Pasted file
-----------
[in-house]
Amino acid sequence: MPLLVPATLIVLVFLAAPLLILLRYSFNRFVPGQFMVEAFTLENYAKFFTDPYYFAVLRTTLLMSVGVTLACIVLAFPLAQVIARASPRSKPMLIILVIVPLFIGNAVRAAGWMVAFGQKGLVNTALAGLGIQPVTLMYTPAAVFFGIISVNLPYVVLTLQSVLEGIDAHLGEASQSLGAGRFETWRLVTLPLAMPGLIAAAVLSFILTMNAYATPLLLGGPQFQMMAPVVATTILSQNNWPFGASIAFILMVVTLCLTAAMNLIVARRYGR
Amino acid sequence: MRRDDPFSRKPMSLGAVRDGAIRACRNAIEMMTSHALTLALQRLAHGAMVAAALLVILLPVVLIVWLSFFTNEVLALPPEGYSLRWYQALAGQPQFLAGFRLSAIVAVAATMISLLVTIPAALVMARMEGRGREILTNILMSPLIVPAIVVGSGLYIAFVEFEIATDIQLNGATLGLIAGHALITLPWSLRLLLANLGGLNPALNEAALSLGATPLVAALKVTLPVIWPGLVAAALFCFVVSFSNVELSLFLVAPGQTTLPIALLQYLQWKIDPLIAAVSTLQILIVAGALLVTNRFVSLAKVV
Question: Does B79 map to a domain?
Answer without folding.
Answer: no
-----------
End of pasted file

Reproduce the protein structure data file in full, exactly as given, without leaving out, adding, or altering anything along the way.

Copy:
[in-house]
Amino acid sequence: MPLLVPATLIVLVFLAAPLLILLRYSFNRFVPGQFMVEAFTLENYAKFFTDPYYFAVLRTTLLMSVGVTLACIVLAFPLAQVIARASPRSKPMLIILVIVPLFIGNAVRAAGWMVAFGQKGLVNTALAGLGIQPVTLMYTPAAVFFGIISVNLPYVVLTLQSVLEGIDAHLGEASQSLGAGRFETWRLVTLPLAMPGLIAAAVLSFILTMNAYATPLLLGGPQFQMMAPVVATTILSQNNWPFGASIAFILMVVTLCLTAAMNLIVARRYGR
Amino acid sequence: MRRDDPFSRKPMSLGAVRDGAIRACRNAIEMMTSHALTLALQRLAHGAMVAAALLVILLPVVLIVWLSFFTNEVLALPPEGYSLRWYQALAGQPQFLAGFRLSAIVAVAATMISLLVTIPAALVMARMEGRGREILTNILMSPLIVPAIVVGSGLYIAFVEFEIATDIQLNGATLGLIAGHALITLPWSLRLLLANLGGLNPALNEAALSLGATPLVAALKVTLPVIWPGLVAAALFCFVVSFSNVELSLFLVAPGQTTLPIALLQYLQWKIDPLIAAVSTLQILIVAGALLVTNRFVSLAKVV
Question: Does B79 map to a domain?
Answer without folding.
Answer: no